Majority Of Denver Voters Support Marijuana In Bars

A majority of Denver voters support recreational marijuana smoking in bars and other public venues in the city, according to a new survey, boosting a new drive to expand legalized pot. 

A survey released Thursday by Democratic-leaning Public Policy Polling found that 56 percent of likely 2015 voters in Denver would support allowing businesses to permit pot consumption on the premises. Only 40 percent said they were opposed.

 The survey appears to support a recently launched petition drive in Denver for a ballot measure that would give businesses the ability to allow for marijuana consumption. The measure would prohibit pot sales at the establishments, so patrons would have to bring their own. 

“Denver voters have repeatedly voted in favor of treating marijuana similarly to alcohol,” said Mason Tvert, communications director for Marijuana Policy Project and a key backer of Colorado's 2012 recreational marijuana law. “For the same reasons many adults enjoy having a drink in a social setting, many adults would enjoy using cannabis."

The petition proposes to allow marijuana smoking and vaporizing in spaces that can't be publicly viewed. Smoking would likely be confined to enclosed outdoor areas, so venues can comply with state law that limits indoor smoking. 

Marijuana tourism would get a boost from the measure, allowing visitors to Denver, which has become the "epicenter" of the legal marijuana industry, a place to consume their legal weed. Currently, tourists looking to light up have limited options, but are able to consume their weed in some hotels.

Colorado became the first state -- and the first government in the world -- to legalize and regulate recreational marijuana for adults in 2012, with the first retail shops opening in 2014. But state law continues to ban recreational marijuana consumption "openly and publicly." The law doesn't specifically block pot use in private clubs for those 21 and older, and the proposal would help to define private clubs in Denver. 

Since Colorado's recreational marijuana law passed, a number of underground, fee-based, bring-your-own-pot clubs have sprung up in and around Denver. Law enforcement has at times cracked down on those gatherings. A handful of recreational marijuana clubs exist outside of Denver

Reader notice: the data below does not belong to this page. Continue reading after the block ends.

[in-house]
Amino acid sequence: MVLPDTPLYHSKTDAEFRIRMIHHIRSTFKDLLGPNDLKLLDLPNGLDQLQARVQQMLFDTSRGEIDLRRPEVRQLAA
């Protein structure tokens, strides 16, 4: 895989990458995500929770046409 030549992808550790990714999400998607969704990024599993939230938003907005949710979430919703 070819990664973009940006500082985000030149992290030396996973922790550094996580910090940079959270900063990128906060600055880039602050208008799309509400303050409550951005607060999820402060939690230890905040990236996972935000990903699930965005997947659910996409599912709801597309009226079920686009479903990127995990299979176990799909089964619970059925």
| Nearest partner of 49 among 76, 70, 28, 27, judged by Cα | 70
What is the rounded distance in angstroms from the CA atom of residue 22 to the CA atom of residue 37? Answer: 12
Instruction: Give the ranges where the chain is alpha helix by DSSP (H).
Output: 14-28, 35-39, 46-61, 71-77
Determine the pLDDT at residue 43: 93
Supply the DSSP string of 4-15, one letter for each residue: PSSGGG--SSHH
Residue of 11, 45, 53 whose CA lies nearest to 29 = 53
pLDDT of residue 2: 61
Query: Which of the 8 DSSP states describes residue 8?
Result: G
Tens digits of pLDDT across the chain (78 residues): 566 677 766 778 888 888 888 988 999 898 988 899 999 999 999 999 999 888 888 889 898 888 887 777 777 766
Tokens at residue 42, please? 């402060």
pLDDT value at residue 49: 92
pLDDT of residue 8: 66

Activists must collect about 5,000 signatures of registered Denver voters by August in order for the "limited social use" initiative to appear on the November ballot.

 Tvert announced the campaign last week, along with Brian Vicente, attorney and co-author of Colorado's recreational marijuana law, and Jane West, a cannabis-related events promoter.  

"It would be ridiculous to limit alcohol consumption only to people’s homes," said Tvert. "So why must marijuana use be limited in such a fashion? There’s no rational reason to treat marijuana consumers so differently."

Some state lawmakers agree that the issue needs to be resolved, but they weren't sure the initiative is the best approach. 

Democratic state Rep. Dan Pabon, who represents Denver, told HuffPost that it's not clear that this proposal would work without violating state laws. But it at least "invites a much-needed conversation" about where citizens would, and wouldn't, embrace public marijuana use, he said.

"First, people are already doing this anyway," said state Sen. Pat Steadman (D). "It's happening whether we like it or not. It would be best to regulate matters rather than allow the 'wild wild West' situation we have now. I think we should let the free market find solutions, but we have to remove legal barriers before this can happen."

Steadman said he hadn't yet decided if the initiative strikes the right policy balance.

State Rep. Jonathan Singer (D), a vocal supporter of marijuana policy reform in the state, said that adults should absolutely be able to consume cannabis legally and safely in private venues.  

"It's ludicrous that we can't have something similar to the bars, restaurants and private clubs we have for alcohol," Singer said.

Singer told HuffPost that he plans to introduce legislation in the upcoming legislative session to address the issue.

PPP surveyed 629 likely Denver voters who intend to vote in the November election, from June 12 to June 15.

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